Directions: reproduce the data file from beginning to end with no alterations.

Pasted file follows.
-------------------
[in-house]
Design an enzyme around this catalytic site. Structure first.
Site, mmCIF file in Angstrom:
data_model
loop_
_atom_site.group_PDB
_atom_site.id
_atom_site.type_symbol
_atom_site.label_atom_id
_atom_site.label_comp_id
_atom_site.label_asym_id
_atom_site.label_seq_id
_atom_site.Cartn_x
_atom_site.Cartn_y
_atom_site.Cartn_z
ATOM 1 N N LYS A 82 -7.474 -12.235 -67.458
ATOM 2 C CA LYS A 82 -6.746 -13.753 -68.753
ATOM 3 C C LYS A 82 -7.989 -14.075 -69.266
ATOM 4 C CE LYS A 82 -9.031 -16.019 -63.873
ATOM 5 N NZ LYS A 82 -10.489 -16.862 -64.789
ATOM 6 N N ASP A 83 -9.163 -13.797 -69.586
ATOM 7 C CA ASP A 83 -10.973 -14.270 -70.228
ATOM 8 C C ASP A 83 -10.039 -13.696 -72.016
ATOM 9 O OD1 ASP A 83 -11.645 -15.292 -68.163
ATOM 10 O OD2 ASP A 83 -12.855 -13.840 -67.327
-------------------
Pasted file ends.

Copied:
[in-house]
Design an enzyme around this catalytic site. Structure first.
Site, mmCIF file in Angstrom:
data_model
loop_
_atom_site.group_PDB
_atom_site.id
_atom_site.type_symbol
_atom_site.label_atom_id
_atom_site.label_comp_id
_atom_site.label_asym_id
_atom_site.label_seq_id
_atom_site.Cartn_x
_atom_site.Cartn_y
_atom_site.Cartn_z
ATOM 1 N N LYS A 82 -7.474 -12.235 -67.458
ATOM 2 C CA LYS A 82 -6.746 -13.753 -68.753
ATOM 3 C C LYS A 82 -7.989 -14.075 -69.266
ATOM 4 C CE LYS A 82 -9.031 -16.019 -63.873
ATOM 5 N NZ LYS A 82 -10.489 -16.862 -64.789
ATOM 6 N N ASP A 83 -9.163 -13.797 -69.586
ATOM 7 C CA ASP A 83 -10.973 -14.270 -70.228
ATOM 8 C C ASP A 83 -10.039 -13.696 -72.016
ATOM 9 O OD1 ASP A 83 -11.645 -15.292 -68.163
ATOM 10 O OD2 ASP A 83 -12.855 -13.840 -67.327